I love books that take place during the days of the pioneers. Oh, I know. We aren’t supposed to like pioneers any more. I can’t help it. I find that period fascinating. I had an unusual break between books that have been pouring in from the library as of late. I took the opportunity to reread a book that I read many moons ago, and really enjoyed: These is My Words: The Diary of Sarah Agnes Prine, by Nancy E. Turner.
One of the reasons I enjoyed the book the first time — and again this time — is because it takes place in the Arizona Territory in the late 1880s. Since I am a part-time resident of Arizona, I am particularly interested how that uniquely-western state was founded.
The book is unusual in that it is written entirely as a journal. The journal’s author is young Sarah Prine, who documents her family’s travels from their original home in the northwest United States to the Arizona Territory. Land was available at a cheap rate for those brave enough to face the obvious dangers and willing to work hard.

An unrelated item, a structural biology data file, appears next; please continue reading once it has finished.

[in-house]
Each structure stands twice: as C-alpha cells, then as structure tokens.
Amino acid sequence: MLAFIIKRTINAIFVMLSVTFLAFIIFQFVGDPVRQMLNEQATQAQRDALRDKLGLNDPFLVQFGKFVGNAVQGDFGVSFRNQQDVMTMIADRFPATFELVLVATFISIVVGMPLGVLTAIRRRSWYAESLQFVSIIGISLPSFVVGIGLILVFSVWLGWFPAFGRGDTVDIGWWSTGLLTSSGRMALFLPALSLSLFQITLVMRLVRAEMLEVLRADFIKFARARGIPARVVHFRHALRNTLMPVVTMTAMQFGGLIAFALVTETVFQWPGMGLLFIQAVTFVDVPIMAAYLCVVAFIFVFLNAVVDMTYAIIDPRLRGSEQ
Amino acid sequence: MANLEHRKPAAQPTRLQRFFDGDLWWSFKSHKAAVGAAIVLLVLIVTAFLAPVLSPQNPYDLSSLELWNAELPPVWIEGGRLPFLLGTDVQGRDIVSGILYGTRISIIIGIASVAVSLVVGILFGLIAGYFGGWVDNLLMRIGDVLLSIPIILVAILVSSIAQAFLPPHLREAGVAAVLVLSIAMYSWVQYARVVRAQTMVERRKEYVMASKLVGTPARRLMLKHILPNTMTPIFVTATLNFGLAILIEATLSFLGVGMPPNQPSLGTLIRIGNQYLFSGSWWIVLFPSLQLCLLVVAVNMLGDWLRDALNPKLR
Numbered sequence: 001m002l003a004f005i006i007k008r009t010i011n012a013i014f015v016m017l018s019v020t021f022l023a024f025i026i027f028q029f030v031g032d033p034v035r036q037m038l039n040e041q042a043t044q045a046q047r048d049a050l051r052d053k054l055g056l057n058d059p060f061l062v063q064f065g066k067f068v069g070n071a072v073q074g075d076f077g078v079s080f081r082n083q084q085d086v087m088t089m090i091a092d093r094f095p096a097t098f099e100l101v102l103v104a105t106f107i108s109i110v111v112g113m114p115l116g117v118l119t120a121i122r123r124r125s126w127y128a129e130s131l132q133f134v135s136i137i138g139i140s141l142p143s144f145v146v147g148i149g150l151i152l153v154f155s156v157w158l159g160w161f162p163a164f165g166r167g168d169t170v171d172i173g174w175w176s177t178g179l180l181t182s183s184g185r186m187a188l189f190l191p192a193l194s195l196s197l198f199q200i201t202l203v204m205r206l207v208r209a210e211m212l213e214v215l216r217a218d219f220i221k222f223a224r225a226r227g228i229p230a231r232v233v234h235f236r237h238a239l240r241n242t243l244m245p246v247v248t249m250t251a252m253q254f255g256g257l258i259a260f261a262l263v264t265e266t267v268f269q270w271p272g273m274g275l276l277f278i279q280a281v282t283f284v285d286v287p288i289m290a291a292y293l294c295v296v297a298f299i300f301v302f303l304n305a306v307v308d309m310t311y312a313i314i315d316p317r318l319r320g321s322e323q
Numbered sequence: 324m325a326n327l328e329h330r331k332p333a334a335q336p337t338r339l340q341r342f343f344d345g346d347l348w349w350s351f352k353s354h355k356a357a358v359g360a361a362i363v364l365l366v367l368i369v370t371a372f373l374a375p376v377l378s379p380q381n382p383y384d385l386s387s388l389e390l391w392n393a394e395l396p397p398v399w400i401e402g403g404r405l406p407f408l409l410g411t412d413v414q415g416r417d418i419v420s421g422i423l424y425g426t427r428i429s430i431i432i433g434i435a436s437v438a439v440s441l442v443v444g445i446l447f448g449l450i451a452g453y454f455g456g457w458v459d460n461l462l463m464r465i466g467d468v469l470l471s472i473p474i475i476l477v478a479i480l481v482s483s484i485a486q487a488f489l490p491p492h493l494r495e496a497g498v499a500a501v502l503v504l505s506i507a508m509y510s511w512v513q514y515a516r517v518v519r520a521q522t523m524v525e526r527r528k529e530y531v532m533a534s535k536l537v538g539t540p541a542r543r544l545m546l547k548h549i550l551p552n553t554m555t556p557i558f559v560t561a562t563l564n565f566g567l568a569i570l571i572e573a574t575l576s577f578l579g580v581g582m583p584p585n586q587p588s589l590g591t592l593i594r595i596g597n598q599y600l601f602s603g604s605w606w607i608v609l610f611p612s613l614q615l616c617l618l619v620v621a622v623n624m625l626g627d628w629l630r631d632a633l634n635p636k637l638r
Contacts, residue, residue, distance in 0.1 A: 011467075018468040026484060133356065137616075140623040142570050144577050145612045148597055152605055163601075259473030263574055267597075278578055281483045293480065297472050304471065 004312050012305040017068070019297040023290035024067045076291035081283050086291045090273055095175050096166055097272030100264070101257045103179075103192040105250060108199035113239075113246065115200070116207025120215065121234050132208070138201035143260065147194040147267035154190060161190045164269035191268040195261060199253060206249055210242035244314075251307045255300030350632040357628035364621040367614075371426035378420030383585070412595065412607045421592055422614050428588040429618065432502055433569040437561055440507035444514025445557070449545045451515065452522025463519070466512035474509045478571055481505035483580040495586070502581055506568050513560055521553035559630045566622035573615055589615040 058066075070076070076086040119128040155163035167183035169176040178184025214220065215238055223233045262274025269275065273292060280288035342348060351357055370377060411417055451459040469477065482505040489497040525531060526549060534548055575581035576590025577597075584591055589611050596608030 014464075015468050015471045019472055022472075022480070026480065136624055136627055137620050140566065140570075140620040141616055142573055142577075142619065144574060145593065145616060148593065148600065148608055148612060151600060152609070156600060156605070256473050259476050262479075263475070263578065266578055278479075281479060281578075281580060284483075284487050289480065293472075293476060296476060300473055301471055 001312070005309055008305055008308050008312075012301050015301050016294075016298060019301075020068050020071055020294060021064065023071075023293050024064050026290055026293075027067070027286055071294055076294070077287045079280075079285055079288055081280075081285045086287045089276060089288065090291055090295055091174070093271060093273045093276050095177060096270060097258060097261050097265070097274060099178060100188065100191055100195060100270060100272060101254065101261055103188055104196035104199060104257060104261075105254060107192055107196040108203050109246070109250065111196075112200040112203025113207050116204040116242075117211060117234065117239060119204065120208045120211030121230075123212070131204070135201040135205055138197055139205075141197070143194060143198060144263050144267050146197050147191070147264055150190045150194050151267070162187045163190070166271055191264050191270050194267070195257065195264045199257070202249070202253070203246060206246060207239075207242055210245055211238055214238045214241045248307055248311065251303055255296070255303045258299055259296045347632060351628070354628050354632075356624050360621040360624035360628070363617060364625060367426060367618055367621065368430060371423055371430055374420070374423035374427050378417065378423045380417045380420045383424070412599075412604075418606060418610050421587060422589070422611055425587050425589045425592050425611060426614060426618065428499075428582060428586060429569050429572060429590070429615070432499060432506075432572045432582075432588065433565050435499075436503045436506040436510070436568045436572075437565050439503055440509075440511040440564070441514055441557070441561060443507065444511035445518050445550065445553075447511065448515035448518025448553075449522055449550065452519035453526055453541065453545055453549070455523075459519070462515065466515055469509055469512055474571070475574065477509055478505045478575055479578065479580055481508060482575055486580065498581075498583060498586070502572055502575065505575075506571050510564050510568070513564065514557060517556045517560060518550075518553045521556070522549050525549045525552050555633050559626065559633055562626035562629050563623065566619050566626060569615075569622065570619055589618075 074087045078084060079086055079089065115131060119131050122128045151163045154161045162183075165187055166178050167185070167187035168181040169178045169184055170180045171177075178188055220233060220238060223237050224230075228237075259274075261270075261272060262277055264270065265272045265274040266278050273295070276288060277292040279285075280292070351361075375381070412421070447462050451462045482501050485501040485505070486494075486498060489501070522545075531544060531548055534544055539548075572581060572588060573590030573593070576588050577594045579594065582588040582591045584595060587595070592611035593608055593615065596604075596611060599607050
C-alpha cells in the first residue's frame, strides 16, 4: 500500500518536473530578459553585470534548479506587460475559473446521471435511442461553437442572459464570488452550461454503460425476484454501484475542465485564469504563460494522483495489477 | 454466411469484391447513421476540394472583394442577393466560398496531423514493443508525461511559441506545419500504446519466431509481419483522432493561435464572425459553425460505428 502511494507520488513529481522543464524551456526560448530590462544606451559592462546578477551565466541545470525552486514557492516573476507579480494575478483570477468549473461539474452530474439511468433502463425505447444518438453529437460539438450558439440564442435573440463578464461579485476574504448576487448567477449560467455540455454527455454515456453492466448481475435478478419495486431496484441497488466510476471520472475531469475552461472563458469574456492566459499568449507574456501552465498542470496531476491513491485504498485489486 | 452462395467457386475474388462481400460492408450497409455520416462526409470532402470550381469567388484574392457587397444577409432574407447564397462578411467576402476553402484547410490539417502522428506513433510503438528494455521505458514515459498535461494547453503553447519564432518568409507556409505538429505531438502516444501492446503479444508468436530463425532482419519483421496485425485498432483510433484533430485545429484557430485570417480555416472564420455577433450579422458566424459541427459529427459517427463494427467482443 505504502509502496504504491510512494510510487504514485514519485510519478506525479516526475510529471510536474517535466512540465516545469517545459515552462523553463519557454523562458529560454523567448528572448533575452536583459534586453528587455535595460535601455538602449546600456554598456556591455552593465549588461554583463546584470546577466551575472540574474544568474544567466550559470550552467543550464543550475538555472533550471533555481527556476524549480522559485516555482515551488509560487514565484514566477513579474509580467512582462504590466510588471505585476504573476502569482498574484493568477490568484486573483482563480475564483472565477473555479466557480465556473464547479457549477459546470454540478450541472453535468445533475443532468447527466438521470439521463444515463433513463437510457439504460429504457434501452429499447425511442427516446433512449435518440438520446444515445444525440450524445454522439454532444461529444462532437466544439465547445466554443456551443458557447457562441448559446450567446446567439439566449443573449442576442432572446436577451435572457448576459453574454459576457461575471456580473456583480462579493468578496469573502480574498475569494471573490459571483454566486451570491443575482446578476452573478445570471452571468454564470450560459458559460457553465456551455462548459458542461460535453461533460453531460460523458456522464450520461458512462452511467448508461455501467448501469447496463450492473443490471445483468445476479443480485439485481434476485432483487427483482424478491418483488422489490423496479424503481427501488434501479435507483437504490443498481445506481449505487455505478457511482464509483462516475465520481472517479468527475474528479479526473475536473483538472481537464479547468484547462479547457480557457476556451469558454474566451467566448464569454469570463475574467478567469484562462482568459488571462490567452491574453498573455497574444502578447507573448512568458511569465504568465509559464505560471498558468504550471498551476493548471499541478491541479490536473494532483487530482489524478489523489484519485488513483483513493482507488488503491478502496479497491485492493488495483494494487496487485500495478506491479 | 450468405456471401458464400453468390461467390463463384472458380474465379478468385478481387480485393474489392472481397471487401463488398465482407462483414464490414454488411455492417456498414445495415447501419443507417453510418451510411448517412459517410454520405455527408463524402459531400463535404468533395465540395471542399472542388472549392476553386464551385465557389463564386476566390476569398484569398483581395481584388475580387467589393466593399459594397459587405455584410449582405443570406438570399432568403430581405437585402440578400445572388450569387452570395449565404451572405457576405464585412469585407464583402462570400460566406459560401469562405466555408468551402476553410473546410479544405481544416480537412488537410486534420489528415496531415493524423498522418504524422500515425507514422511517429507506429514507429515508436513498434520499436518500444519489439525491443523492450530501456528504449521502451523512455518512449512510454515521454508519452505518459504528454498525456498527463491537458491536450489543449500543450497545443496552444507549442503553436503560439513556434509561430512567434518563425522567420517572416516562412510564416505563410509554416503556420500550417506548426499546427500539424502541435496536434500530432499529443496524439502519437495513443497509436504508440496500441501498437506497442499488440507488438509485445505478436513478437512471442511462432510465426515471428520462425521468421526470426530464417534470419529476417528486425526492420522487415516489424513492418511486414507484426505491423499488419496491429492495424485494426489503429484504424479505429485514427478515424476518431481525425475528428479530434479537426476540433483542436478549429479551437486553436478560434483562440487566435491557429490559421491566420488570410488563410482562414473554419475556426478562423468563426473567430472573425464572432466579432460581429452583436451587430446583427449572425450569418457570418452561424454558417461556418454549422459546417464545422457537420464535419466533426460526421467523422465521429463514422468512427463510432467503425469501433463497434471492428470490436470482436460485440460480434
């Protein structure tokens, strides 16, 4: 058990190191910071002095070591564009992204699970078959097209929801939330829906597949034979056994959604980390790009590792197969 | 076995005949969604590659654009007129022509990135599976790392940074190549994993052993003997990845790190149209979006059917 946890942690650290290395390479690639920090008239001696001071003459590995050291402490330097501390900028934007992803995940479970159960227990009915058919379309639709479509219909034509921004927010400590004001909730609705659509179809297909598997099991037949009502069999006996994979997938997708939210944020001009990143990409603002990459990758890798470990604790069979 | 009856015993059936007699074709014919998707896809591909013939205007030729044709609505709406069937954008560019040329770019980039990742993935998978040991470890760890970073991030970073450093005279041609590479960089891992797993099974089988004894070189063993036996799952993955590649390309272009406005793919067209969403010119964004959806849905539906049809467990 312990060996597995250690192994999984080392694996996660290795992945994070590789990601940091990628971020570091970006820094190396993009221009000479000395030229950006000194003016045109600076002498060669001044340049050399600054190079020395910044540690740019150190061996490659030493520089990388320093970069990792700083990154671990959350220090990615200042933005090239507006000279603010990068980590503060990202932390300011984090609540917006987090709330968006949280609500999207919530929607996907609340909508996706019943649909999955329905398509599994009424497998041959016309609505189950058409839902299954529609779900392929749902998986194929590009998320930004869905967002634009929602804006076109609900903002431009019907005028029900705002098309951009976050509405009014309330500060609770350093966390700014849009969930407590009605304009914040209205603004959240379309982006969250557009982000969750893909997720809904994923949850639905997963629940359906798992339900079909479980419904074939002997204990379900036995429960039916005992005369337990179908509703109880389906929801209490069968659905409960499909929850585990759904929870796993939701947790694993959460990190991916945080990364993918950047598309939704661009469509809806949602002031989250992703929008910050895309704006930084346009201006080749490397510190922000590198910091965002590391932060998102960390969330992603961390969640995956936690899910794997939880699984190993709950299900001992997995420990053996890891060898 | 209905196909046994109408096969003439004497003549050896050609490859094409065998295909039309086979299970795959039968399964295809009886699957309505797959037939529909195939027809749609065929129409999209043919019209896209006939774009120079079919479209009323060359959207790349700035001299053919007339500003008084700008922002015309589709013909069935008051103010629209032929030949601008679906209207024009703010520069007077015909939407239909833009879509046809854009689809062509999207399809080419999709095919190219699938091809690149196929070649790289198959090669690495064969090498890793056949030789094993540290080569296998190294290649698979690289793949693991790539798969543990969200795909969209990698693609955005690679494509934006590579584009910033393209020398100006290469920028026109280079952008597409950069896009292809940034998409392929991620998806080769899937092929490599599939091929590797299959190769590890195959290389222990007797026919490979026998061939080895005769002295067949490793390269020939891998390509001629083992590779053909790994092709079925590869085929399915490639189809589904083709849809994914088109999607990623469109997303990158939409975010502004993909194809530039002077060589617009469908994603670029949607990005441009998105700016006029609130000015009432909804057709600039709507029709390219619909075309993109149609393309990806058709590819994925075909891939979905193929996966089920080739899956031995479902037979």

In addition, the diary continues after they have settled and become successful ranchers. Their imminent success didn’t come easy, and the tales she tells of Indian attacks and robbers and rattlesnakes and birthing children in the wilderness are as interesting as they are horrifying. I enjoyed every word of the book.
The author goes on to write two more novels, making the books a trilogy. Sarah’s Quilt and The Star Garden are equally good, at least as I remember.
The books make me glad I live in the 21st Century, even with a pandemic.